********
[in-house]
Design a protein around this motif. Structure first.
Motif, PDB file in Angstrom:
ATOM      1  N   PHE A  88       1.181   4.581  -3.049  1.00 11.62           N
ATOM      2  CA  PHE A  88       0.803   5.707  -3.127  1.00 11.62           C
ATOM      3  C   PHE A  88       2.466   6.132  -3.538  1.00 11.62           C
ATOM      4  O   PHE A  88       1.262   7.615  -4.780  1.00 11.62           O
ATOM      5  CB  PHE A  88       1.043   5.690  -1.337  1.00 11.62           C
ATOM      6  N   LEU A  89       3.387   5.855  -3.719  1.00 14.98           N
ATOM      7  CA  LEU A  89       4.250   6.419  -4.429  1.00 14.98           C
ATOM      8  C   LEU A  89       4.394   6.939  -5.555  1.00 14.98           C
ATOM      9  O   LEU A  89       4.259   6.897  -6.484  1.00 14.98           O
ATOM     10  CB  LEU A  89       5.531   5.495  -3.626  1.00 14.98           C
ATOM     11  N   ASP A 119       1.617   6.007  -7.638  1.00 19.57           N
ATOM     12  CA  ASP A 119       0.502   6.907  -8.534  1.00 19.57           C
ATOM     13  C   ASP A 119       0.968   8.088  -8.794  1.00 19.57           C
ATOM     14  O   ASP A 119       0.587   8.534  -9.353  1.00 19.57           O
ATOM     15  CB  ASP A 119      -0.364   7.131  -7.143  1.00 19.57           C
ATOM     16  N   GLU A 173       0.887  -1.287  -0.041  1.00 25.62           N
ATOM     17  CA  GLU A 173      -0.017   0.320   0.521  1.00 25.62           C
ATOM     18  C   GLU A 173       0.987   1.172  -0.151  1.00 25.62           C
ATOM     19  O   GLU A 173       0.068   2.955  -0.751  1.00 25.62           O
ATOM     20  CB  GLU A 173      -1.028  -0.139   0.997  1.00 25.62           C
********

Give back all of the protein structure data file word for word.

[in-house]
Design a protein around this motif. Structure first.
Motif, PDB file in Angstrom:
ATOM      1  N   PHE A  88       1.181   4.581  -3.049  1.00 11.62           N
ATOM      2  CA  PHE A  88       0.803   5.707  -3.127  1.00 11.62           C
ATOM      3  C   PHE A  88       2.466   6.132  -3.538  1.00 11.62           C
ATOM      4  O   PHE A  88       1.262   7.615  -4.780  1.00 11.62           O
ATOM      5  CB  PHE A  88       1.043   5.690  -1.337  1.00 11.62           C
ATOM      6  N   LEU A  89       3.387   5.855  -3.719  1.00 14.98           N
ATOM      7  CA  LEU A  89       4.250   6.419  -4.429  1.00 14.98           C
ATOM      8  C   LEU A  89       4.394   6.939  -5.555  1.00 14.98           C
ATOM      9  O   LEU A  89       4.259   6.897  -6.484  1.00 14.98           O
ATOM     10  CB  LEU A  89       5.531   5.495  -3.626  1.00 14.98           C
ATOM     11  N   ASP A 119       1.617   6.007  -7.638  1.00 19.57           N
ATOM     12  CA  ASP A 119       0.502   6.907  -8.534  1.00 19.57           C
ATOM     13  C   ASP A 119       0.968   8.088  -8.794  1.00 19.57           C
ATOM     14  O   ASP A 119       0.587   8.534  -9.353  1.00 19.57           O
ATOM     15  CB  ASP A 119      -0.364   7.131  -7.143  1.00 19.57           C
ATOM     16  N   GLU A 173       0.887  -1.287  -0.041  1.00 25.62           N
ATOM     17  CA  GLU A 173      -0.017   0.320   0.521  1.00 25.62           C
ATOM     18  C   GLU A 173       0.987   1.172  -0.151  1.00 25.62           C
ATOM     19  O   GLU A 173       0.068   2.955  -0.751  1.00 25.62           O
ATOM     20  CB  GLU A 173      -1.028  -0.139   0.997  1.00 25.62           C